British author and historian Richard Hough wrote 2 books about Captain James Cook and called him “the last and greatest of the romantic navigators”. The 2nd book was a carefully researched biography that leaves little doubt about Hough’s belief that James Cook was the world’s greatest explorer. Cook traveled virtually non-stop from the age of 18 to 50, when he was murdered in Hawaii.
Cook’s 1st extensive voyage as Commander aboard the ship Endeavour had a goal. He was supposed to witness and report on the movement of the planet Venus across the sun in Tahiti. He left Plymouth, England, in August, 1768, and sailed with difficulty around South America to be in Tahiti on time. After seeing this celestial event, he decided to return to England by sailing west and discovered the east coast of Australia, which he explored. The Endeavor was almost lost when Cook got hung up on the Great Barrier Reef. He had no way of knowing it was there. He grew to really like 3 places on this voyage, which lasted for almost 3 years–New Zealand, South Africa, and Tahiti. He returned to all 3.
Cook married Elizabeth Batts when he was 34. When he left on his 1st voyage, they already had 2 sons, and he got her pregnant before he left on his 2nd voyage. Ultimately, they had 6 children. Most of them didn’t make it to adulthood. A skilled needlewoman, Elizabeth seemed to be supportive of his long voyages and outlived her husband by 56 years, dying at the age of 93.
Cook’s 2nd voyage on a ship called Resolution lasted from 1772 until 1775. During it he sailed to within 75 miles of Antarctica. He made a 2nd attempt to explore it on this same voyage. He also visited The Friendly Islands for the 1st time. Cook who was 6 feet and a couple of inches tall prided himself as a man who operated a well run ship. His crews never had scurvy and his men were consistently loyal to him.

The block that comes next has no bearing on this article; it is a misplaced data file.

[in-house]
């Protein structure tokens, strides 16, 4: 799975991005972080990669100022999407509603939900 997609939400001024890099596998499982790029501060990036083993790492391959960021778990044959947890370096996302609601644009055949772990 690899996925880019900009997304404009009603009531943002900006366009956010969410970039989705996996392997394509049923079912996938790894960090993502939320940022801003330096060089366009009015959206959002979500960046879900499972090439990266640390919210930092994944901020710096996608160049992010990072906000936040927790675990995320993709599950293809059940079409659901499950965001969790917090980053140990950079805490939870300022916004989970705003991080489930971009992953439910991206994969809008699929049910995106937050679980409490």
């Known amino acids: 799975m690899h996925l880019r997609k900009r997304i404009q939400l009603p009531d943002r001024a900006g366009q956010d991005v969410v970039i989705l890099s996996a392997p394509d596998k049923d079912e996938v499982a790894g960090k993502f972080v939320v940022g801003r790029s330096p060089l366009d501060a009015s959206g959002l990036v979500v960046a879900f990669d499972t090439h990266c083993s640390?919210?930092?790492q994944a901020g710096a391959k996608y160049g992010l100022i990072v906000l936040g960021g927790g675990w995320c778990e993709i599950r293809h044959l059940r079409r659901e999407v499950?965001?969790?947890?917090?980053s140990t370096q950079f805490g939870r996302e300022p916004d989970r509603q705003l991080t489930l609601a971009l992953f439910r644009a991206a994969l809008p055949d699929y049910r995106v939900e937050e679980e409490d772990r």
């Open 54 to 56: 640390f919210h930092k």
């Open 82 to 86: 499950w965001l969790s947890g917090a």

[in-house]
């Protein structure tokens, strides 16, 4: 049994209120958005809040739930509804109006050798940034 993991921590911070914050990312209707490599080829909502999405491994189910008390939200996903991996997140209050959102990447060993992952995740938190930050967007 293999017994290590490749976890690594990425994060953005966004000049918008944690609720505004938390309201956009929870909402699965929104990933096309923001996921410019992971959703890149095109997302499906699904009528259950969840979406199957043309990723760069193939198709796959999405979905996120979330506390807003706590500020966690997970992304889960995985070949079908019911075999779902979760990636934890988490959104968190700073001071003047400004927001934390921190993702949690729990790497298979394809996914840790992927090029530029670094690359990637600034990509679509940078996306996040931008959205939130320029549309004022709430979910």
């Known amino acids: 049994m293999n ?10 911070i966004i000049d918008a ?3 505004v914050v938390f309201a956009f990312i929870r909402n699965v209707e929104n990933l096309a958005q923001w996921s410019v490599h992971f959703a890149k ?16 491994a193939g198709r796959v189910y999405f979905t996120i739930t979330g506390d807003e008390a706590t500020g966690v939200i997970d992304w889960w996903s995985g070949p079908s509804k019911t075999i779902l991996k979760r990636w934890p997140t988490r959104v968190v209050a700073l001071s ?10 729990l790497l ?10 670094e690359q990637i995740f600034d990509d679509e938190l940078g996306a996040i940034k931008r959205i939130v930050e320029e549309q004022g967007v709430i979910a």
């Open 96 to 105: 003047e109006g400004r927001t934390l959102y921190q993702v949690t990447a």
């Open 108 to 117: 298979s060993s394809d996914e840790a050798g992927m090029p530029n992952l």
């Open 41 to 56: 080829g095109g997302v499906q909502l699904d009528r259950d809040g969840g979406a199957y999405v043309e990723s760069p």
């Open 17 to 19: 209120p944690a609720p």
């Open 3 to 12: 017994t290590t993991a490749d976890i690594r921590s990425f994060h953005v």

Cook got Elizabeth pregnant again before leaving on his 3rd voyage, the one he didn’t return from. He left England in command of the HMS Resolution in 1776 intending to find the Northwest Passage by sailing as far east through the Arctic Ocean as he could. He didn’t make it to the Arctic Ocean, but he visited the Oregon Coast and learned a lot about the Bering Sea and Vancouver Island. Instead of trying to go farther north in changing weather, Cook decided to winter in Hawaii and sail north again later. He celebrated his 50th birthday on the Resolution in October, 1778, but died in February, 1779, while attempting to deal with the theft of a cutter by Hawaiians. His son James, a commander in the British Navy, drowned a few months later.
James Cook’s parents lived in a cottage in Yorkshire England, and it’s known that he visited his father between his 1st and 2nd voyages. Cook’s parents built this cottage. In 1934 Australia’s state of Victoria was celebrating the 100th birthday of its first permanent settlement, and Sir Russell Grimwade decided to buy and move Cook’s cottage to Melbourne before the Americans could get it. All bricks were numbered, packed in barrels, and shipped to Victoria where this cottage was reassembled. Even a clipping of the cottage’s original ivy was brought to Melbourne and attached to it. This cottage in Fitzroy Gardens is now the oldest dwelling in Australia and a popular tourist attraction with lots of information about Cook, his voyages, and his family.